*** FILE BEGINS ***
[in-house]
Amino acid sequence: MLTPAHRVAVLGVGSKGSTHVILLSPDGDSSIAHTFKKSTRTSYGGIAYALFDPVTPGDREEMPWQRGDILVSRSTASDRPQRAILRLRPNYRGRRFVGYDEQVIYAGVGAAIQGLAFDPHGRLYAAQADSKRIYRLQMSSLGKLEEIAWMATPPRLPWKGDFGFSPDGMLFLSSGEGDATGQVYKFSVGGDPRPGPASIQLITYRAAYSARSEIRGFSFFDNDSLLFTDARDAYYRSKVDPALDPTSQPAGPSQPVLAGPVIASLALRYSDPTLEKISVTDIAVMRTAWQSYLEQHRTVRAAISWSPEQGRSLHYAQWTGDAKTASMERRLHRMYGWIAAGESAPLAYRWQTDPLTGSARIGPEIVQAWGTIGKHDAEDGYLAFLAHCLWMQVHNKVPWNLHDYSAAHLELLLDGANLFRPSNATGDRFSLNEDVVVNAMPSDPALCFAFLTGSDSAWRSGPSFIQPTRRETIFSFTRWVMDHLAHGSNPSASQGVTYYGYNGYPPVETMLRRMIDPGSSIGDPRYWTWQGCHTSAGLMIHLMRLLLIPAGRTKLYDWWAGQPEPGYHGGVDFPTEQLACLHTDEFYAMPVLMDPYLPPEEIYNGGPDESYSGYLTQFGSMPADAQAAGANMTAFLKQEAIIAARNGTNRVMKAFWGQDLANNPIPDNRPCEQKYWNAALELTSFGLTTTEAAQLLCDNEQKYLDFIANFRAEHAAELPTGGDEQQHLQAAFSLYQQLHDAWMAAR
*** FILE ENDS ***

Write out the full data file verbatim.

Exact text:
[in-house]
Amino acid sequence: MLTPAHRVAVLGVGSKGSTHVILLSPDGDSSIAHTFKKSTRTSYGGIAYALFDPVTPGDREEMPWQRGDILVSRSTASDRPQRAILRLRPNYRGRRFVGYDEQVIYAGVGAAIQGLAFDPHGRLYAAQADSKRIYRLQMSSLGKLEEIAWMATPPRLPWKGDFGFSPDGMLFLSSGEGDATGQVYKFSVGGDPRPGPASIQLITYRAAYSARSEIRGFSFFDNDSLLFTDARDAYYRSKVDPALDPTSQPAGPSQPVLAGPVIASLALRYSDPTLEKISVTDIAVMRTAWQSYLEQHRTVRAAISWSPEQGRSLHYAQWTGDAKTASMERRLHRMYGWIAAGESAPLAYRWQTDPLTGSARIGPEIVQAWGTIGKHDAEDGYLAFLAHCLWMQVHNKVPWNLHDYSAAHLELLLDGANLFRPSNATGDRFSLNEDVVVNAMPSDPALCFAFLTGSDSAWRSGPSFIQPTRRETIFSFTRWVMDHLAHGSNPSASQGVTYYGYNGYPPVETMLRRMIDPGSSIGDPRYWTWQGCHTSAGLMIHLMRLLLIPAGRTKLYDWWAGQPEPGYHGGVDFPTEQLACLHTDEFYAMPVLMDPYLPPEEIYNGGPDESYSGYLTQFGSMPADAQAAGANMTAFLKQEAIIAARNGTNRVMKAFWGQDLANNPIPDNRPCEQKYWNAALELTSFGLTTTEAAQLLCDNEQKYLDFIANFRAEHAAELPTGGDEQQHLQAAFSLYQQLHDAWMAAR